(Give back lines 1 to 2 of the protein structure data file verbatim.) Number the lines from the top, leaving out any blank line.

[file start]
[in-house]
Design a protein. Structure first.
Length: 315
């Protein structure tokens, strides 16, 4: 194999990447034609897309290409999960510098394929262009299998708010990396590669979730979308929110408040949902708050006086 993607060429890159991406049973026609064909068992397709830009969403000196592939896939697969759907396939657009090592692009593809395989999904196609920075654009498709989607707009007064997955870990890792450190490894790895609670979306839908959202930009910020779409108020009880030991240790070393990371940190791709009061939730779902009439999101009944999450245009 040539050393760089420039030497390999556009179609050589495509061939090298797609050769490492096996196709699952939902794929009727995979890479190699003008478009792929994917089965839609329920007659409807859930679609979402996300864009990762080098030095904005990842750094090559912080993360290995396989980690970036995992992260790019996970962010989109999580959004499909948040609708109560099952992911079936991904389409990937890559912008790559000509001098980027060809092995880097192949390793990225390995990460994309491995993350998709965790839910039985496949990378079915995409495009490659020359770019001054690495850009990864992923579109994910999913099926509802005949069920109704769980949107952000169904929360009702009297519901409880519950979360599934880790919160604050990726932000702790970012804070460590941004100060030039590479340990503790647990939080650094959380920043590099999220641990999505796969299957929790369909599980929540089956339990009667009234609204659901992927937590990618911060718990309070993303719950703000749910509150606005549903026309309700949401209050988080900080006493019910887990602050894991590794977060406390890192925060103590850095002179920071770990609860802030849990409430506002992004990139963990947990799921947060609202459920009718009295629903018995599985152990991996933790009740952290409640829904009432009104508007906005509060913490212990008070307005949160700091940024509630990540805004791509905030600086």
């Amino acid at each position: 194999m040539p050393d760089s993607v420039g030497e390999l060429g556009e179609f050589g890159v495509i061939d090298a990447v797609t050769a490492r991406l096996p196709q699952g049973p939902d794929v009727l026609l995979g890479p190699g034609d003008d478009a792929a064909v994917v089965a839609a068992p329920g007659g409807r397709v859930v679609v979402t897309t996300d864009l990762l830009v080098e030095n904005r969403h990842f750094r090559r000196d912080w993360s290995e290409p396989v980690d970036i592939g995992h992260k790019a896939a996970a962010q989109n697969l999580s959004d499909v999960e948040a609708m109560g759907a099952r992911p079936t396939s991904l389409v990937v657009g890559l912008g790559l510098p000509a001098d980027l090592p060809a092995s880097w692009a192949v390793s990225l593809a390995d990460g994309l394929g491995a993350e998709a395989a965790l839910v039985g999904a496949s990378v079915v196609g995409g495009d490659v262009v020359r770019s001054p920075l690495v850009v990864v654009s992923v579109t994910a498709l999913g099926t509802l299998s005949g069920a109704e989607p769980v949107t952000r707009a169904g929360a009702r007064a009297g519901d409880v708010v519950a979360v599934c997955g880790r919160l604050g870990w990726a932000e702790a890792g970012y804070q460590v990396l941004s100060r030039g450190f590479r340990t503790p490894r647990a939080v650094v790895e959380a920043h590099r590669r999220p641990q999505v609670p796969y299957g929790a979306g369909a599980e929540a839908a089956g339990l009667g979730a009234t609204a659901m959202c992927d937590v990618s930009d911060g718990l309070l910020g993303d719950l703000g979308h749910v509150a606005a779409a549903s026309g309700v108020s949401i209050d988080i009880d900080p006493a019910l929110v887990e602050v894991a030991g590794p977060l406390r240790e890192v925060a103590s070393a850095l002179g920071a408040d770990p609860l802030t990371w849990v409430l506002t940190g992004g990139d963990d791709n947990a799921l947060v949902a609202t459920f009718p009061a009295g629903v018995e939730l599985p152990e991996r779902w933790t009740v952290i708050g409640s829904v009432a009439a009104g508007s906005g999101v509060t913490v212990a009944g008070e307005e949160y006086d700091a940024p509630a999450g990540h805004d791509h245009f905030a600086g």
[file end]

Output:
[in-house]
Design a protein. Structure first.